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Buy a tart – and you could win a house

The cottage is just one of ten holiday homes in the grounds of a country Manor that offer the perfect base to explore the countryside and historic towns of the Peak District, not to mention a recession-friendly holiday on home soil.

Set within a protected National Park, Over Haddon is just two miles from Bakewell, four miles from Chatsworth House, and less than an hour away from major cities like Manchester, Sheffield and Derby.

The village local, The Lathkill Hotel, has also been in the Good Pub Guide for the last 27 years.

"We wanted a way to promote our holiday lettings and our lovely little village," said Marie Mallon, one half of the family-run business behind www.more-than-a-home.com.

"So we baked up an innovative marketing strategy for our business that we hope will help give our fellow traders, local economy and favourite charities a valuable boost. And the cherry on top is that someone will walk away with their own cottage in the country."

The twist in this tale is that www.more-than-a-home.com will send out batches of Bakewell Tarts to a maximum of just 25,000 entrants.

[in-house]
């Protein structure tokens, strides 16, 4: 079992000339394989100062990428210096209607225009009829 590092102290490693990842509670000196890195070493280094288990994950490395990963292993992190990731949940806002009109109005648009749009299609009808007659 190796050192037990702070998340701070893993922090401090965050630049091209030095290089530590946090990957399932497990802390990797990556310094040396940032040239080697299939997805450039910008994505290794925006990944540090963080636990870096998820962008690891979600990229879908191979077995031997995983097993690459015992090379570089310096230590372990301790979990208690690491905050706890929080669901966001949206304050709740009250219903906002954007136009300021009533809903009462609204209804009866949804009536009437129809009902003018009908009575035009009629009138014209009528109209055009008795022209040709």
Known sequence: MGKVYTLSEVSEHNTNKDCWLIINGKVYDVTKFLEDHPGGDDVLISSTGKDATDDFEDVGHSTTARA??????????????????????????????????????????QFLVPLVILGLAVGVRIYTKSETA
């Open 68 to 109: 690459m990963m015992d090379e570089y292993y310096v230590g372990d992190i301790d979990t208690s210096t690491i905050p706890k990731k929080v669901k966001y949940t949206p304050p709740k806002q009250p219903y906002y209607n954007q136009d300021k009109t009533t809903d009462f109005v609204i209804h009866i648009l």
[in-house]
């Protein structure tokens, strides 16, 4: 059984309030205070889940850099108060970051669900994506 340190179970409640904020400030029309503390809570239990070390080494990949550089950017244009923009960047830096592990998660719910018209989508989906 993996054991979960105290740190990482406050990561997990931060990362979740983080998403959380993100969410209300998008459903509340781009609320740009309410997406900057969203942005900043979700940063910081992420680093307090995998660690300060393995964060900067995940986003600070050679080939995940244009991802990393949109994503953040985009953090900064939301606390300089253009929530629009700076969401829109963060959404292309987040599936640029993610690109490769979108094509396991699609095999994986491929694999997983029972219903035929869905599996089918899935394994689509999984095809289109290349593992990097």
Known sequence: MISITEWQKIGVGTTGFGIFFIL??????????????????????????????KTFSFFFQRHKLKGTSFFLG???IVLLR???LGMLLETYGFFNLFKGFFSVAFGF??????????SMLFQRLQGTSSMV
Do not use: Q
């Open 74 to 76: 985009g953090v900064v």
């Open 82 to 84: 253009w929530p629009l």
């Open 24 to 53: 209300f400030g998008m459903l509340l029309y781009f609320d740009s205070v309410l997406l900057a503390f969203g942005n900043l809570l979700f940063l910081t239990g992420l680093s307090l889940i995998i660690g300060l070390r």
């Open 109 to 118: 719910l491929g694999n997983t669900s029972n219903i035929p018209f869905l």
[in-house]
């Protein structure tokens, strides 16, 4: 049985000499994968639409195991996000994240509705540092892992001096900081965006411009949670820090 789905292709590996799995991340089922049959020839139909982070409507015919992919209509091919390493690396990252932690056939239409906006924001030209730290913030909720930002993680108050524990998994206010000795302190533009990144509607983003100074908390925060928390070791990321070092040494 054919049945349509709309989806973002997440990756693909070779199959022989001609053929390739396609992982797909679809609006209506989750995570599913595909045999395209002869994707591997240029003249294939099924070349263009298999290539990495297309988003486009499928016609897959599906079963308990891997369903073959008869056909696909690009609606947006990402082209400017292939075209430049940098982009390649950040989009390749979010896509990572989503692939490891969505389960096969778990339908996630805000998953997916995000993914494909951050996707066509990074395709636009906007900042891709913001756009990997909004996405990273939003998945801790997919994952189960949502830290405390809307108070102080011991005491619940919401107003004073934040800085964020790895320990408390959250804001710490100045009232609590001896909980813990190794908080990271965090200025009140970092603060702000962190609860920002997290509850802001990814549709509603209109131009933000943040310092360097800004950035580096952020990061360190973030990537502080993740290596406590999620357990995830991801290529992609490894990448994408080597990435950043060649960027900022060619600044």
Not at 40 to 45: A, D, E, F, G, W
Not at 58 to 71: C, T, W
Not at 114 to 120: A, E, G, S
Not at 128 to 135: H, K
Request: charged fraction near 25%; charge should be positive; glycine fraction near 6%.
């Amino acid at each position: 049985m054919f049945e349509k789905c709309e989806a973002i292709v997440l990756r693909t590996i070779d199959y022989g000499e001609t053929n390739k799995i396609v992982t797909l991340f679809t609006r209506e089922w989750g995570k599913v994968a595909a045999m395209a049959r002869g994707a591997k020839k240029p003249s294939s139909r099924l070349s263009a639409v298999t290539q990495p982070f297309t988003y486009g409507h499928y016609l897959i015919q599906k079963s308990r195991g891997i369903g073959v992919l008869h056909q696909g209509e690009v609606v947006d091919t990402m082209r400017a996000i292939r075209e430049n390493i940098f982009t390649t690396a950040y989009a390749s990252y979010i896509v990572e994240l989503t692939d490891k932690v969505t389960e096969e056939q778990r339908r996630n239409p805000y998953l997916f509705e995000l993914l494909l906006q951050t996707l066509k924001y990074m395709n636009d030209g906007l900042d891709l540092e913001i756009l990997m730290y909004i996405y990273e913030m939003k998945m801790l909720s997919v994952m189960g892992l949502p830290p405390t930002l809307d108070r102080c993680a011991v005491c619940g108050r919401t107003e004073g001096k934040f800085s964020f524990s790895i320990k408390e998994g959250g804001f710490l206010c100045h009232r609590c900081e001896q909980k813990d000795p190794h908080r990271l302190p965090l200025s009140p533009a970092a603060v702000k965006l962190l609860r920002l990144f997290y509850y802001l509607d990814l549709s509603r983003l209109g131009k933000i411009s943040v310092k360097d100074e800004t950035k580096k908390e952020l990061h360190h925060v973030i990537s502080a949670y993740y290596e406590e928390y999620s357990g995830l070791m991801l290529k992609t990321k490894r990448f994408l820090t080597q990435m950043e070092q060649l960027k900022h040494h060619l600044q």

The ten participants who find a golden key with their tart will be invited to the grand final where one of those keys will literally unlock the dream home.

"For £25, people get a £50 Gift Voucher redeemable against a holiday," said Marie, "and someone will own a country cottage worth £250,000."

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2 thoughts on “Buy a tart – and you could win a house

  1. Suzy says:

    This is an innovative idea in a time of crisis! I’ve come across a few house competitions lately but most of them are organised as raffles and are not legal. Is this ok with the gambling commission? I read that a few of these were cancelled because of issues with paypal as well:

    I’d be interested in joining in perhaps, thanks for the info!

  2. Janine says:

    In the US it is often legal (depending on your state) to have a nonprofit run the house raffle on behalf of the homeowner. At the end of the raffle, the charity buys the property and keeps all the profits. this charity returned to profit by doing exactly this:

    perhaps something to be explored in the UK?

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